The Way of the Superior Man is a book for both sexes. David Deida makes it clear in the introduction of his book that when he refers to ‘men’ he really is referring to the masculine energy and the purpose of the book is to unleash the most superior form of that masculine energy. For the masculine readers, this book will explore and provide insight as to why men feel the way they do, why they act the way they do, and how they can take control of their lives to fully embrace the man that they have the potential to become. And for the feminine readers, this book will answer the exact same questions—questions that, may or may not have crossed the feminine mind at some point or another (haha)!
By: Robin S. Sharma
Book Overview: The Monk Who Sold His Ferrari: A Fable About Fulfilling Your Dreams and Reaching Your Destiny by motivational speaker and author Robin Sharma is an inspiring tale that provides a step-by-step approach to living with greater courage, balance, abundance and joy. The Monk Who Sold His Ferrari tells the extraordinary story of Julian Mantle, a lawyer forced to confront the spiritual crisis of his out-of-balance life, and the subsequent wisdom that he gains on a life-changing odyssey that enables him to create a life of passion, purpose and peace.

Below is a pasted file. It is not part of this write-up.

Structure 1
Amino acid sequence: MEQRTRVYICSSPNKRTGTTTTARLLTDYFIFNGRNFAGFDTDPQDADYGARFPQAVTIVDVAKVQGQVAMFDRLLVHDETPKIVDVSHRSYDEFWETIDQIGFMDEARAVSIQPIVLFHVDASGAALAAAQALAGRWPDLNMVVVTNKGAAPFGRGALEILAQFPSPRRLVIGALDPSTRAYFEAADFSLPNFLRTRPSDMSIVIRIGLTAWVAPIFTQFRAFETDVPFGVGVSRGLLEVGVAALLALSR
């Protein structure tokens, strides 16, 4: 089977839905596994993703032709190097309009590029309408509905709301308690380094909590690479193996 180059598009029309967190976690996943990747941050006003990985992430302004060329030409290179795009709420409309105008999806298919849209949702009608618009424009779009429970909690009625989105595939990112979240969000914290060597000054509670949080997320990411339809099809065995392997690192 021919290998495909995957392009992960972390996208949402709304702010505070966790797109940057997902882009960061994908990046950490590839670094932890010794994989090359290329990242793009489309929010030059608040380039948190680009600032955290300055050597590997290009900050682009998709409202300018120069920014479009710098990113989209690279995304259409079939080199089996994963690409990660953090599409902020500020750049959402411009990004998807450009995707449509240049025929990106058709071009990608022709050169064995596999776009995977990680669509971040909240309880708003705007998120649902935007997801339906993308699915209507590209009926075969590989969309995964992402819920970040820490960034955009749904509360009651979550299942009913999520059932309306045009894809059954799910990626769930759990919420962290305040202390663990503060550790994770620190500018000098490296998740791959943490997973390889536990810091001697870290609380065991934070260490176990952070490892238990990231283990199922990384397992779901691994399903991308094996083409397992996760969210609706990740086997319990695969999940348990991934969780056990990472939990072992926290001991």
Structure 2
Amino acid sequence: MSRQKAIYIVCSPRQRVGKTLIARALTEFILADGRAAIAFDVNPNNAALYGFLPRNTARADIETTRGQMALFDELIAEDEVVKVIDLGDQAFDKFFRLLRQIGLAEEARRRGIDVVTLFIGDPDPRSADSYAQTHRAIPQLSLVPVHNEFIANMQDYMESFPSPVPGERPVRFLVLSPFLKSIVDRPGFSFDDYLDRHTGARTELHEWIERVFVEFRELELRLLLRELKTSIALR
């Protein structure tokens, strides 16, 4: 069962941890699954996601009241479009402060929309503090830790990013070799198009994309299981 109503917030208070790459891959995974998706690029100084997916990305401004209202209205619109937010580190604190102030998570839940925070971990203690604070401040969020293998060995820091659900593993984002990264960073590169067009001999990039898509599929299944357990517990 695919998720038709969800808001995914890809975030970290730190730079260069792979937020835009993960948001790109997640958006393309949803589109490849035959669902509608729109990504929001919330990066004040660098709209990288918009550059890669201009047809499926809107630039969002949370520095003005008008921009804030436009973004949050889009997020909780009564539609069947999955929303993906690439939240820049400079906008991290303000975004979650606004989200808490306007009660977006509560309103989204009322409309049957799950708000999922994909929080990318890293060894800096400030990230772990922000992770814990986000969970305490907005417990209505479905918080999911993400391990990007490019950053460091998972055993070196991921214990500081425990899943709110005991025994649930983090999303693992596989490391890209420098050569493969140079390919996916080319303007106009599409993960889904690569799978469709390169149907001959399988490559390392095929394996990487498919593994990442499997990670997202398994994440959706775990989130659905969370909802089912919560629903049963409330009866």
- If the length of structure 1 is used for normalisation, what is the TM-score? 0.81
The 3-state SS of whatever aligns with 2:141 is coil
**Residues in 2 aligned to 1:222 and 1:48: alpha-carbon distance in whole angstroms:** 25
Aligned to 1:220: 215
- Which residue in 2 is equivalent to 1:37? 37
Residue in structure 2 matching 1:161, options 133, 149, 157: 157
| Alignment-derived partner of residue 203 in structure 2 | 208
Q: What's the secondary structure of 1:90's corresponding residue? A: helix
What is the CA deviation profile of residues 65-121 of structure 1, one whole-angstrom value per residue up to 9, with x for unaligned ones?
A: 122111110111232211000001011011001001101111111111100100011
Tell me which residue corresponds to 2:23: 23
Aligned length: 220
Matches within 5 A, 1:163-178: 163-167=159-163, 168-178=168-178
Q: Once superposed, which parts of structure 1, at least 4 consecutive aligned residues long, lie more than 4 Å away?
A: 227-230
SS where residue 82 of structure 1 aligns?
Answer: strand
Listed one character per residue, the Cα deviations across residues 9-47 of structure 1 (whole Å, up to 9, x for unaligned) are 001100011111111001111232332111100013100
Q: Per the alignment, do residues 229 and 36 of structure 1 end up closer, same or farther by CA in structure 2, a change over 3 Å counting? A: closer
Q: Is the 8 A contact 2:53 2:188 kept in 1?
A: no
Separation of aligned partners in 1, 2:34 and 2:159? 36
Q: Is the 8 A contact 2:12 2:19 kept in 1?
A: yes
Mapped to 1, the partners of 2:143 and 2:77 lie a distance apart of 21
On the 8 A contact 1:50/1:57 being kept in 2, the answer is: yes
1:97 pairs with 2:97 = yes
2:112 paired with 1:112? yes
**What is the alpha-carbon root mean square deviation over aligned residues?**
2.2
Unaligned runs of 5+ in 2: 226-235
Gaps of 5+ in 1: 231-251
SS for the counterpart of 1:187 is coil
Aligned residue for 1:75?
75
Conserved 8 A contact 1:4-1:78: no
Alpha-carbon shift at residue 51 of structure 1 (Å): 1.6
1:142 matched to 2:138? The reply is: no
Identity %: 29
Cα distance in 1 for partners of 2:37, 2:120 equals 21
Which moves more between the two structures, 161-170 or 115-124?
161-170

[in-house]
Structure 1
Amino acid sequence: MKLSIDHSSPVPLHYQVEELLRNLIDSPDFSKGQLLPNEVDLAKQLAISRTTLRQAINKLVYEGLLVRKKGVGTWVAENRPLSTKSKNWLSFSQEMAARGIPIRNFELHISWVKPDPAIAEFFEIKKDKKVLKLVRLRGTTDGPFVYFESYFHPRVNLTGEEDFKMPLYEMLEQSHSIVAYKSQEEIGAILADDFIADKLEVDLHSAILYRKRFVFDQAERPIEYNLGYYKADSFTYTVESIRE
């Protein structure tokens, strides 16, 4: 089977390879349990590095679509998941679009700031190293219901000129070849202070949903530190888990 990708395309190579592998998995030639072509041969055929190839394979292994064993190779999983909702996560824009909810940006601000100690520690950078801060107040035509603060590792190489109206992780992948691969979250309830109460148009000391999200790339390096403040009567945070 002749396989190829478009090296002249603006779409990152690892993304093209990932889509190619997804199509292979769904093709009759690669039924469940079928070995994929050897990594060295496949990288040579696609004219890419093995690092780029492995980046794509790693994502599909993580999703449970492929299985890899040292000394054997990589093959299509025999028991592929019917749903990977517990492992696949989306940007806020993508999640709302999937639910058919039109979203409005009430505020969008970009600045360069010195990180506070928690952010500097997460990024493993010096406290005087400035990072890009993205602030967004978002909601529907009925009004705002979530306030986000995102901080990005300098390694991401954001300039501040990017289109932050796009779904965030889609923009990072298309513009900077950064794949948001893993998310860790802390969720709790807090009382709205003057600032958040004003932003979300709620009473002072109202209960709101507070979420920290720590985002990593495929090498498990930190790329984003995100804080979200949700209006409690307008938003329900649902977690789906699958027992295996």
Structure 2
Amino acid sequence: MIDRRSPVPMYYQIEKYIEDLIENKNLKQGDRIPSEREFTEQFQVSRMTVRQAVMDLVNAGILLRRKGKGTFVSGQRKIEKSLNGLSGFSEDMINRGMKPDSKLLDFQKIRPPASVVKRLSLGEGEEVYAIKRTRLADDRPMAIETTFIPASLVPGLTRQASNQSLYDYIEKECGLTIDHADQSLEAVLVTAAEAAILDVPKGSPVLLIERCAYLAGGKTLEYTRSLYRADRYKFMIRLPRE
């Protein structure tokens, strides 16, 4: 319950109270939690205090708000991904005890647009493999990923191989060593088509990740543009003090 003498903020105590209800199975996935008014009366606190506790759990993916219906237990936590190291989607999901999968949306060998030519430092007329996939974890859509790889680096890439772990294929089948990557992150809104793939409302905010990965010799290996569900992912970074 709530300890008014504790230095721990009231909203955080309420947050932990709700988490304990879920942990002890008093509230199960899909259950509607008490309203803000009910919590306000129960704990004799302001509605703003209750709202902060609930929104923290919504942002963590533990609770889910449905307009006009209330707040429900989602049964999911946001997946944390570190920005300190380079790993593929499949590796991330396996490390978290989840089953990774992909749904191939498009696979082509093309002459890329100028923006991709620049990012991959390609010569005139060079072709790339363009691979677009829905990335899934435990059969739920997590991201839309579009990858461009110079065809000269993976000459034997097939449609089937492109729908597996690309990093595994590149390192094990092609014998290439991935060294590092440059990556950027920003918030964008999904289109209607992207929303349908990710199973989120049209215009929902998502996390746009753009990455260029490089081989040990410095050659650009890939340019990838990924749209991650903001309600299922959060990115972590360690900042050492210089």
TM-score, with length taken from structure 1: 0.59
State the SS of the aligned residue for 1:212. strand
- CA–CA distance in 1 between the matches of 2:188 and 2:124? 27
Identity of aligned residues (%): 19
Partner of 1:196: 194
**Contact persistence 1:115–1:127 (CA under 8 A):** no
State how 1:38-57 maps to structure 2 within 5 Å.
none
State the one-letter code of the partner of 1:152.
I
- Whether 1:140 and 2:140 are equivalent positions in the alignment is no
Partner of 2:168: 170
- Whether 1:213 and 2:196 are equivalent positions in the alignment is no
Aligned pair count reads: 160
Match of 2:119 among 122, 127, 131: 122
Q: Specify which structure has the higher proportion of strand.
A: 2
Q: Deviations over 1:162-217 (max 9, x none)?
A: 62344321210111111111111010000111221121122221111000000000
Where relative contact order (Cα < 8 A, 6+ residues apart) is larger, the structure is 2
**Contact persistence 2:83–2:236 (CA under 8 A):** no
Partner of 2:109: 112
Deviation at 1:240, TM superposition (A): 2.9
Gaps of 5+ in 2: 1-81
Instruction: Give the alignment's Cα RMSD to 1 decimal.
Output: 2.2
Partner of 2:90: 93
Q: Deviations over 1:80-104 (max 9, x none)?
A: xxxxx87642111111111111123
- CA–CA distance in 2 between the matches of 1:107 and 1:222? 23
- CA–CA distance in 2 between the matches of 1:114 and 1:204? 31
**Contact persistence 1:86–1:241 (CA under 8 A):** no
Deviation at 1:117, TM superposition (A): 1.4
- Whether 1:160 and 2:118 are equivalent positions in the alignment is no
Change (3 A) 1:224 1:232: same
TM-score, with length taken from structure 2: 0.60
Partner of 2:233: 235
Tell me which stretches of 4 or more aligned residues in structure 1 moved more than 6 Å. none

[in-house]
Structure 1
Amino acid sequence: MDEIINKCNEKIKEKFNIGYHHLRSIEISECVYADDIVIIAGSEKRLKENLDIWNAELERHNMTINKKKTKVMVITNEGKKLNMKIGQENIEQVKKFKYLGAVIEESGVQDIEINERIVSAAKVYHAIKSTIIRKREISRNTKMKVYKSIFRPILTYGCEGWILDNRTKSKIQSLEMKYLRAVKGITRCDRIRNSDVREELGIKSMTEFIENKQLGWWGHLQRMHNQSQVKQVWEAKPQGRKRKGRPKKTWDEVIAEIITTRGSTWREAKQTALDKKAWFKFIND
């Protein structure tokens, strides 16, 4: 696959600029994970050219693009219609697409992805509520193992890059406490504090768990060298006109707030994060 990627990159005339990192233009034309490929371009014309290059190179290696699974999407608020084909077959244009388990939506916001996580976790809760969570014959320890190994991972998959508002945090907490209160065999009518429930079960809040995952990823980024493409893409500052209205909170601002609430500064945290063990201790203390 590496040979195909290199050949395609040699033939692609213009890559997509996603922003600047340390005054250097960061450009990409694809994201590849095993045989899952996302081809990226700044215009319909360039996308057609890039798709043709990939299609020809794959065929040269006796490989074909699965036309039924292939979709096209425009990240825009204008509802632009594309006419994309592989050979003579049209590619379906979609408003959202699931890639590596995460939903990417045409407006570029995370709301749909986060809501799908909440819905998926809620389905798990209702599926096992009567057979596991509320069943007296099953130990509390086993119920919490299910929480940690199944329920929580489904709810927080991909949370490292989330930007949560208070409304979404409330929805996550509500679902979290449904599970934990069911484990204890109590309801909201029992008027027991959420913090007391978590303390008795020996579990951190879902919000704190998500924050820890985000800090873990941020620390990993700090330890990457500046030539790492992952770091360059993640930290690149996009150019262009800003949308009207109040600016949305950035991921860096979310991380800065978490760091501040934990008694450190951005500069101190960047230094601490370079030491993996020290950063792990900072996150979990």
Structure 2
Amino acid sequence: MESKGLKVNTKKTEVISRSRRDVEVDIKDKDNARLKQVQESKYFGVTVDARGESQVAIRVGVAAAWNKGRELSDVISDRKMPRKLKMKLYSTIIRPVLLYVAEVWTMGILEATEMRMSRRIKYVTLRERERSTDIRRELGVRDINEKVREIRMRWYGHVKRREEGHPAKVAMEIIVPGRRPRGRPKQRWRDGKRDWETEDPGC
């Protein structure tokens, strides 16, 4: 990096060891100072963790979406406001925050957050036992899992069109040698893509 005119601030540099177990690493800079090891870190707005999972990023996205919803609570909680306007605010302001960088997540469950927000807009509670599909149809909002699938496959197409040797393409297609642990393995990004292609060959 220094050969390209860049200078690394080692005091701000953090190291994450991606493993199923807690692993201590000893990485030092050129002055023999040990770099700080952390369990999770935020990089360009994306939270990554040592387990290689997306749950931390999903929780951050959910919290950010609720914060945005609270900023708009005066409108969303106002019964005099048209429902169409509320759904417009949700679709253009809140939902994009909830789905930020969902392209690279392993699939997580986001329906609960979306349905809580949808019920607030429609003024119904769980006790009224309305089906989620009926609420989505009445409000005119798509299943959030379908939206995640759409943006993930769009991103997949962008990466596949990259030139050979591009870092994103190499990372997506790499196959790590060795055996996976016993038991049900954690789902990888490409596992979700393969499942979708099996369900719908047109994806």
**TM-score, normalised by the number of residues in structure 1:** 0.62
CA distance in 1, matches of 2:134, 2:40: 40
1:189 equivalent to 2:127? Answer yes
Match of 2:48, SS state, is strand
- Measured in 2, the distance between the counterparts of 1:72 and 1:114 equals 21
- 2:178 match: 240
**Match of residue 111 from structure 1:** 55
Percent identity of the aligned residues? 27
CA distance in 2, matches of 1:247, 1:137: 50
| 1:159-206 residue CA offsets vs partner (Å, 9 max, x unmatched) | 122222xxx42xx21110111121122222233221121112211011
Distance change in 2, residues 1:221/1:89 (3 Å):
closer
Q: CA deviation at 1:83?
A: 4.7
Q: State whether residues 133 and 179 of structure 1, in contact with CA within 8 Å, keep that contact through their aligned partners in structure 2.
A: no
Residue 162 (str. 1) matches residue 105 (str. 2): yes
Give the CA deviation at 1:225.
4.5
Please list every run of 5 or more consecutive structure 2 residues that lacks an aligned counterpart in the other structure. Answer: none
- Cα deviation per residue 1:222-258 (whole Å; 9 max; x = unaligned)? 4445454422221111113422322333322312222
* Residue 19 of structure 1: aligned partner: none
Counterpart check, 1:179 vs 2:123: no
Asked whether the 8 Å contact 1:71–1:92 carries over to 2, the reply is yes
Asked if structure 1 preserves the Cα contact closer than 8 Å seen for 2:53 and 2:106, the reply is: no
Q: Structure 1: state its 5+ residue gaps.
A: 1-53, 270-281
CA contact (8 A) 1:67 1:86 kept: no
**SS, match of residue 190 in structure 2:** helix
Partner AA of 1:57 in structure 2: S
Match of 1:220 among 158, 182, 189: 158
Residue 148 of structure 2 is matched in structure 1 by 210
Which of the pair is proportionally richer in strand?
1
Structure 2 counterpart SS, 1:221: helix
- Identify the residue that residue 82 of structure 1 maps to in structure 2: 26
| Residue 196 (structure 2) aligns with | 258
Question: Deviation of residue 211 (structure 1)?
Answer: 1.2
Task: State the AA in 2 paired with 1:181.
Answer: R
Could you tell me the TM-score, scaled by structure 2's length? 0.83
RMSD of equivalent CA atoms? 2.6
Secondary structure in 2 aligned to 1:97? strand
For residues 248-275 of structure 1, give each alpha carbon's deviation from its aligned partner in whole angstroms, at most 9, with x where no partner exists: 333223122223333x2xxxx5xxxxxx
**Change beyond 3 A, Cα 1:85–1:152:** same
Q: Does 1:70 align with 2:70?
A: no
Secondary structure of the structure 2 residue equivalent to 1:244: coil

Post(s) Inspired by this Book:
- 20 Deeply Insightful Quotes from The Monk Who Sold His Ferrari
- The 10 Ancient Rituals for Radiant Living
“When I genuinely love I am extending myself, and when I am extending myself I am growing. The more I love, the longer I love, the larger I become. Genuine love is self-replenishing. The more I nurture the spiritual growth of others, the more my own spiritual growth is nurtured. I am a totally selfish human being. I never do something for somebody else but that I do it for myself. And as I grow through love, so grows my joy, ever more present, ever more constant.” ~ Scott Peck, The Road Less Traveled
“A strong man cannot help a weaker unless that weaker is willing to be helped, and even then the weak man must become strong of himself; he must, by his own efforts, develop the strength which he admires in another. None but himself can alter his condition.” ~ James Allen, As a Man Thinketh